Wilson and Gilbert, along with quantitative psychologist Jay Meyers, studied this retrospective impact bias during the stormy US presidential race of 2000, the results of which were so close that the US Supreme Court finally had to order a stop to vote recounts and award George W. Bush the victory. Prior to the Supreme Court’s decision, the researchers asked study participants to predict how they’d feel if their favored candidate, Bush or Democratic opponent Al Gore, were declared the winner. They then contacted those individuals both 1 day and 4 months after the Supreme Court ruling and asked them how happy they felt about the results. They found that prior to the Court’s decision, Bush supporters overestimated how happy they would be when they first heard about the outcome, whereas Gore supporters overestimated how unhappy they would be. And, when looking back on the event 4 months later, the same thing happened — Bush supporters overestimated how happy they had been and Gore supporters overestimated how unhappy they had been.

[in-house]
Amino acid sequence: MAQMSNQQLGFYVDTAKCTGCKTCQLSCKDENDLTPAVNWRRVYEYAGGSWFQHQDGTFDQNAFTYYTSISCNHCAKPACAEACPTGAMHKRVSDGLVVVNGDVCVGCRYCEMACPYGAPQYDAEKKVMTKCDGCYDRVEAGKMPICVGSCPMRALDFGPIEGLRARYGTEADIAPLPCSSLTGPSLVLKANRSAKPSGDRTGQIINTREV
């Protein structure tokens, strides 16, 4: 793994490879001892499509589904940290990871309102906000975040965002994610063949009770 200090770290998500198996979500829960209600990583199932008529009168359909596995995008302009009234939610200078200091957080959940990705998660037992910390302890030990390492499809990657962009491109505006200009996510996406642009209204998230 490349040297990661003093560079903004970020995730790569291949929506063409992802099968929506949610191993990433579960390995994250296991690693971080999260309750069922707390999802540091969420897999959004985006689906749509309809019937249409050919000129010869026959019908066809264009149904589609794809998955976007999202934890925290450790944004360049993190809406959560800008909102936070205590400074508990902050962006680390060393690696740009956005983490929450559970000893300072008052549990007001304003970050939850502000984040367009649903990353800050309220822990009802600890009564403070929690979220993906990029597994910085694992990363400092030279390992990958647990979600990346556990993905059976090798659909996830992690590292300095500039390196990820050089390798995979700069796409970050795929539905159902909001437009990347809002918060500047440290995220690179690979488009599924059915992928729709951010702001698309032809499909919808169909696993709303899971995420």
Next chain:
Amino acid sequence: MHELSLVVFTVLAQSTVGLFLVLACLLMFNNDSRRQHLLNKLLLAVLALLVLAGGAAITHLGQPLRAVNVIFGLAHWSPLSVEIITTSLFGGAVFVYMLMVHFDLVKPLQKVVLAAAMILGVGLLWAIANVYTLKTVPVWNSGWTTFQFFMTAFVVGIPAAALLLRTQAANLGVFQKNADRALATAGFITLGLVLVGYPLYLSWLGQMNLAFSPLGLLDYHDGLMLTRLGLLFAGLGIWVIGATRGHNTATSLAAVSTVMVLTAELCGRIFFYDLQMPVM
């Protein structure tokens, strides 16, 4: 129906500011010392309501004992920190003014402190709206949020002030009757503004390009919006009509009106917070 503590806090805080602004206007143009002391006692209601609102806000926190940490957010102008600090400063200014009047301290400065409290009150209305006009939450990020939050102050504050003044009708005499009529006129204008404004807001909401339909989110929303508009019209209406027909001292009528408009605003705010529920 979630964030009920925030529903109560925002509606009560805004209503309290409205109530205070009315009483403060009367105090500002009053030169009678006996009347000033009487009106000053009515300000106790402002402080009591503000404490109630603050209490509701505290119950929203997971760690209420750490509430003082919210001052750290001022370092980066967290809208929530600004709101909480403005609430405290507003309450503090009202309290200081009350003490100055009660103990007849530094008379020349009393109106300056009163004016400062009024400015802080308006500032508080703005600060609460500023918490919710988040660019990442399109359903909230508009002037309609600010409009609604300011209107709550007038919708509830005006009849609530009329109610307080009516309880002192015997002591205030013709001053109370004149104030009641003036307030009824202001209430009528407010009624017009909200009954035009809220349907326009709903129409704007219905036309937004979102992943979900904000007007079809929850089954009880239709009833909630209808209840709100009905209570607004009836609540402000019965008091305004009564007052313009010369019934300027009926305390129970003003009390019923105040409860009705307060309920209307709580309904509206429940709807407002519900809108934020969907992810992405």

Recent research suggests there may be a motivational function to this impact bias, Wilson said. For example, a student may exaggerate the level of disappointment she’ll feel in failing a test because that motivates her to study more thoroughly in preparation than she would have otherwise. But that doesn’t mean that affective forecasting errors are always helpful. In a 2008 study, Wilson, Gilbert, and lead author Kevin Carlsmith of Colgate University showed that people expected to derive pleasure out of exacting revenge on someone when it actually made them feel worse.